Business competition launches entrepreneurs - from popcorn to honeywine

Technology featured high on the list of winners in the EnterPrize Business Plan competition. The competition is an annual event run by the National Business Initiative.

McKinsey & Co. in partnership with the National Business Initiative (NBI) introduced the competition in South Africa three years ago. "The programme was conceived to promote the creation of sustainable small and medium sized businesses, to create sustainable jobs, develop business skills and facilitate access to finance effectively and efficiently," said Andre Fourie, NBI CEO.

This year, the 5 winners selected from 15 finalists in 5 categories, each received R100 000 towards their business idea. The competition attracted approximately 500 entries nationally in 2002. Entrants were coached by some of the best business minds in the country. Speaking at the awards ceremony, Trade & Industry Minister, Alec Erwin, praised the finalists for their determination and being role players in the economy.

The top five ideas ranged from a patented one-drop vehicle cleaning system, a unique range of African Christmas baubles, to an architectural service using natural & recycled building material, to a traditional honey/mead and a popcorn vending machine.

A "honeywine" known traditionally as iQhilikaThe winner in the export category was Makana Meadery, for their product, iQhilika. Using patented and state of the art fermentation and filtration techniques, the empowerment driven company aims to place a 15,000 year old beverage on the world's shelves.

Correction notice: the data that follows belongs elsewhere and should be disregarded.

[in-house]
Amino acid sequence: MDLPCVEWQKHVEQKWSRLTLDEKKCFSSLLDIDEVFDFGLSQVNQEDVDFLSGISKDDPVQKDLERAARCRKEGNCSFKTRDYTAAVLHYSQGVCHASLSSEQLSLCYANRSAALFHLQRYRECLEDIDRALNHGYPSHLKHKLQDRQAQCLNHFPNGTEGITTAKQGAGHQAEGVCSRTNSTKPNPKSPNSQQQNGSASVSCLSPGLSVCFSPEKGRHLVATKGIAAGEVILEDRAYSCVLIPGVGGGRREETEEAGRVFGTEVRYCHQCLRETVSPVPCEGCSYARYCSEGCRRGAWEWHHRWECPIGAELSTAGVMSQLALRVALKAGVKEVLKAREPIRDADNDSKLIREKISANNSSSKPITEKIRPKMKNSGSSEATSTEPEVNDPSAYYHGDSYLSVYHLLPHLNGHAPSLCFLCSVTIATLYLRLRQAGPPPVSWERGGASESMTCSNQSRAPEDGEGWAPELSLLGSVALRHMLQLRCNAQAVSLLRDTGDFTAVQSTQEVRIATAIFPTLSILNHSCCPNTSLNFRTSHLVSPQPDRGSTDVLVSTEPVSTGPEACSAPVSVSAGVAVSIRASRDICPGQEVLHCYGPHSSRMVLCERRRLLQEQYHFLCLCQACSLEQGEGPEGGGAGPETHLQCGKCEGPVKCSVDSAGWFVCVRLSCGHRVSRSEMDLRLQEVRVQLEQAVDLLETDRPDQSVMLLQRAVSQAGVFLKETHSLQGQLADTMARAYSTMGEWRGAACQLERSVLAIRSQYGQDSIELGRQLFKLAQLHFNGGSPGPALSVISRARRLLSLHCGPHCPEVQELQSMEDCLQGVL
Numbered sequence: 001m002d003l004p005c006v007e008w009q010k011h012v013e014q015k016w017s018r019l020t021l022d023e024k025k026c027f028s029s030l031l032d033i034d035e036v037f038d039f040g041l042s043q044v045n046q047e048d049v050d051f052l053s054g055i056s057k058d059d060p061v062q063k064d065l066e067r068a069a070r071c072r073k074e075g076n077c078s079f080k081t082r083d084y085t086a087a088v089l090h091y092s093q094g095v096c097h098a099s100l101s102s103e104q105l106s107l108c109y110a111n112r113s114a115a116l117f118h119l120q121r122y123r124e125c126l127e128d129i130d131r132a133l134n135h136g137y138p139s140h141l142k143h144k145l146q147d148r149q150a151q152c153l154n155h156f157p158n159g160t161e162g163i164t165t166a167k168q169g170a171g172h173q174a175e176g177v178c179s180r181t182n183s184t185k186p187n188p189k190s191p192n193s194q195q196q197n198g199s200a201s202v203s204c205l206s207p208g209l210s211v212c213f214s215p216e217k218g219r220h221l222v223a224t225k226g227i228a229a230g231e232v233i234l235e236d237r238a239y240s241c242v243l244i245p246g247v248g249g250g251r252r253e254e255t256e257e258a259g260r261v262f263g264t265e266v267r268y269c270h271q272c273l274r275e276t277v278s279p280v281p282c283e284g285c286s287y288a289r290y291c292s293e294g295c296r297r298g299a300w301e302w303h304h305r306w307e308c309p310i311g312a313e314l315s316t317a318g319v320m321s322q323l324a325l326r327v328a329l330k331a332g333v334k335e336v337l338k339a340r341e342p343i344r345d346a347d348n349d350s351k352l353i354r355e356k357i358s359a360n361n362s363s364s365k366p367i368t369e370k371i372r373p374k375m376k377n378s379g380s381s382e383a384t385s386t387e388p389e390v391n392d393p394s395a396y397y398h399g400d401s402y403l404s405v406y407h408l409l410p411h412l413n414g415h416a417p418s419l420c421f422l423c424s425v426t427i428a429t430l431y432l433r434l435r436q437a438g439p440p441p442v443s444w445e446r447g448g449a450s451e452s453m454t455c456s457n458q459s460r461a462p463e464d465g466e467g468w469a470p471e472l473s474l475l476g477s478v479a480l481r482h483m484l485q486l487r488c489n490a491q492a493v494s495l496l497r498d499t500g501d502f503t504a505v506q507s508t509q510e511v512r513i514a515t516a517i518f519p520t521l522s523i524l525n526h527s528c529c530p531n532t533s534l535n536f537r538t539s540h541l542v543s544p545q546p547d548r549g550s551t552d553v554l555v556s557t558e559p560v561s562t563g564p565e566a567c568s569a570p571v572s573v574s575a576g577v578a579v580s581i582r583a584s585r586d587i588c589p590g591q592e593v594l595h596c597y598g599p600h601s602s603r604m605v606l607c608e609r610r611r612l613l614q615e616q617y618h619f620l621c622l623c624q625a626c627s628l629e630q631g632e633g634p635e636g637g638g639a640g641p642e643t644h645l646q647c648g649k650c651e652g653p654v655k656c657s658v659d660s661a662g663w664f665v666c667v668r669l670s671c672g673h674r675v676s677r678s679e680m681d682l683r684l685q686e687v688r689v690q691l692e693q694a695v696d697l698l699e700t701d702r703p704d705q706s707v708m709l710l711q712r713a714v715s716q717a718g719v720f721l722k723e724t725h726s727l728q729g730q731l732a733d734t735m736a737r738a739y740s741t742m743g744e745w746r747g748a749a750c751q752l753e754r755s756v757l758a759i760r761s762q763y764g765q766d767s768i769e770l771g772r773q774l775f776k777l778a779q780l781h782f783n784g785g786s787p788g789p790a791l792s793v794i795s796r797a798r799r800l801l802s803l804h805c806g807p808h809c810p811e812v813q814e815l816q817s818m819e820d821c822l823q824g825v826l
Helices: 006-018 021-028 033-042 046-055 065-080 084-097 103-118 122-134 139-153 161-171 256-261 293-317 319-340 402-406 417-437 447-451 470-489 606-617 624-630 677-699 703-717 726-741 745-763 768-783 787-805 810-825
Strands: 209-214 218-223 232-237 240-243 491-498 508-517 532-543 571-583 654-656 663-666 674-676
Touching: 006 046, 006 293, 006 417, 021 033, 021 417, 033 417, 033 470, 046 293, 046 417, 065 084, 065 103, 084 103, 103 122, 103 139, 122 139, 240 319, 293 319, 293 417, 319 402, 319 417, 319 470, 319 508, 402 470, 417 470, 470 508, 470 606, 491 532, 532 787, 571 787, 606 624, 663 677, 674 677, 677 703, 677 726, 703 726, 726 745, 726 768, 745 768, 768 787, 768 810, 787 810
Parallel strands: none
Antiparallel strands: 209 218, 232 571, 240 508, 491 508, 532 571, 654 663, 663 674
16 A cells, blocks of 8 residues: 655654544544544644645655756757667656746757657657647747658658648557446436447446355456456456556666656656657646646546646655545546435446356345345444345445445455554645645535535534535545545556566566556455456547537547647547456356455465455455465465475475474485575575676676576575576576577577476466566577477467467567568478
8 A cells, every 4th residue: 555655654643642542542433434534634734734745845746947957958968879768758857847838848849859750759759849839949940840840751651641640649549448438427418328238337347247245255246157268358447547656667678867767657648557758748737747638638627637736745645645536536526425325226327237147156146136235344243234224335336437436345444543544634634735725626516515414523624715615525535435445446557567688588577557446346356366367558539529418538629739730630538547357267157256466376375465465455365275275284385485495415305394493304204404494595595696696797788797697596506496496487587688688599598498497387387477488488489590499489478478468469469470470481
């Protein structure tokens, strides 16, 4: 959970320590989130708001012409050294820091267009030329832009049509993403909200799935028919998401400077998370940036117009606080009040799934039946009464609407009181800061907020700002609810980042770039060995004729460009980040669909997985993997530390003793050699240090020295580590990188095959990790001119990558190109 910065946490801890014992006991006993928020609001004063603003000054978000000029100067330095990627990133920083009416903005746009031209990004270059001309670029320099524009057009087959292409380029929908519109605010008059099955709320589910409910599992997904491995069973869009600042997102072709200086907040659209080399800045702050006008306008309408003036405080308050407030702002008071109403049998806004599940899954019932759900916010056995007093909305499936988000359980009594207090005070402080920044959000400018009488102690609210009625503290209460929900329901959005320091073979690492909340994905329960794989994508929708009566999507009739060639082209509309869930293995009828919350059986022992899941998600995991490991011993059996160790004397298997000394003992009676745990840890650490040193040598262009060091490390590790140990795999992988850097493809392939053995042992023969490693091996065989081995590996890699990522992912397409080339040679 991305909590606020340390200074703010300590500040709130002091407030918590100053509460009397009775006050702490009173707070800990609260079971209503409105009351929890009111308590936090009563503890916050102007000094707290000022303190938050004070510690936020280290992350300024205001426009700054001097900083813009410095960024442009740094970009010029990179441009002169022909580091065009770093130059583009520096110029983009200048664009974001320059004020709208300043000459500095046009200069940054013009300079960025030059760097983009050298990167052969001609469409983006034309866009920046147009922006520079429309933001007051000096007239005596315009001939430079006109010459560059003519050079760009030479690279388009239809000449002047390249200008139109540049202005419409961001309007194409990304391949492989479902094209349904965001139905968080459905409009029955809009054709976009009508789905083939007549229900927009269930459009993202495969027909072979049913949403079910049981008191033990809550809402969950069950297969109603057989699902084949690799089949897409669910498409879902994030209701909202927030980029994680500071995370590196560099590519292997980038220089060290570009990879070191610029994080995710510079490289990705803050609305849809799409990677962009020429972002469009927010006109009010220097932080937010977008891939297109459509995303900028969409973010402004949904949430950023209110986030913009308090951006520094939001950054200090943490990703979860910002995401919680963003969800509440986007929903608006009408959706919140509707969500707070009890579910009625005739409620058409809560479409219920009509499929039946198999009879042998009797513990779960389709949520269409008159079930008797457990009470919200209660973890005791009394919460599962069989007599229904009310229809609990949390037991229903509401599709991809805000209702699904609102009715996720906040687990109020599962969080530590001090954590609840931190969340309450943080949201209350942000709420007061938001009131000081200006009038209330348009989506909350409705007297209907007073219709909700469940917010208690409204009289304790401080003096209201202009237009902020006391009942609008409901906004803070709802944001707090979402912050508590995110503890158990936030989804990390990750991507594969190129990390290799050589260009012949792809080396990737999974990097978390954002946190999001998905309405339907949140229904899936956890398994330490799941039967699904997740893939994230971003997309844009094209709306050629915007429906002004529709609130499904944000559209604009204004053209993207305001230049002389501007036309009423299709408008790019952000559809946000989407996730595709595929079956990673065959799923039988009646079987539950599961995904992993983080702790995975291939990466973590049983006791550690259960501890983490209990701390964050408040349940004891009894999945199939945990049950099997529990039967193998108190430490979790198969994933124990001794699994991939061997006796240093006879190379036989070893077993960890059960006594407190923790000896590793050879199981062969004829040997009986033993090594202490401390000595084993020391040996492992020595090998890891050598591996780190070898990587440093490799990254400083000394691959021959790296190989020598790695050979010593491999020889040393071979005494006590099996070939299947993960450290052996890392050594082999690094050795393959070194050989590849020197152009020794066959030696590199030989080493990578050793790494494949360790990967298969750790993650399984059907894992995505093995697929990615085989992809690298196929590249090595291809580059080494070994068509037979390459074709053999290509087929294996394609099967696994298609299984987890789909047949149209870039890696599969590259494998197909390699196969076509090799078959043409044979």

iQhilika is a clear, golden coloured beverage (13% alcohol) made from fermented honey, water, pollen and the roots of succulent herbs, which are found only in the Eastern Cape. The beverage has its origins in the Eastern Cape of South Africa, where it, according to Bushman cave-paintings, could be at least 15,000 years old. The beverage is a traditional drink of Xhosa speaking people. Traditionally, mead is associated with fertility and virility. The product has massive export potential. See

Vending machine with patented technologyWinning in the expansion category was Pop King, a patented automatic microwave popcorn vending machine. The machine is powered by 220V for the microwave oven and utilizes pneumatic cylinders for the mechanism drives and has four detachable magazines that are loaded with product that revolve on a carousel. Once the consumer selects the required flavour a sealed microwave pack which contains the flavoured popcorn, oil and salt, is automatically deposited in the microwave oven and cooked and dropped out in less than 80 seconds.

The microwave is the company's own unique design which incorporates a magnetron cooling system from the steam produced by the popcorn. The inner shape of the microwave oven negates having an air-stirrer or revolving bottom plate. It also cuts the cooking time by half in comparison to the most efficient commercial microwave ovens.

The benefit to users is that the machine is simple to operate, requires minimal maintenance and according to winner Mark Beagle, is more hygienic than the normal popcorn machine found in cinemas or semi automatic machines. But why stop at popcorn? The technology can be adapted for producing muffins, pies and pastry from the vending machine, while pizzas, burgers and fries are under development. More information:


November 2002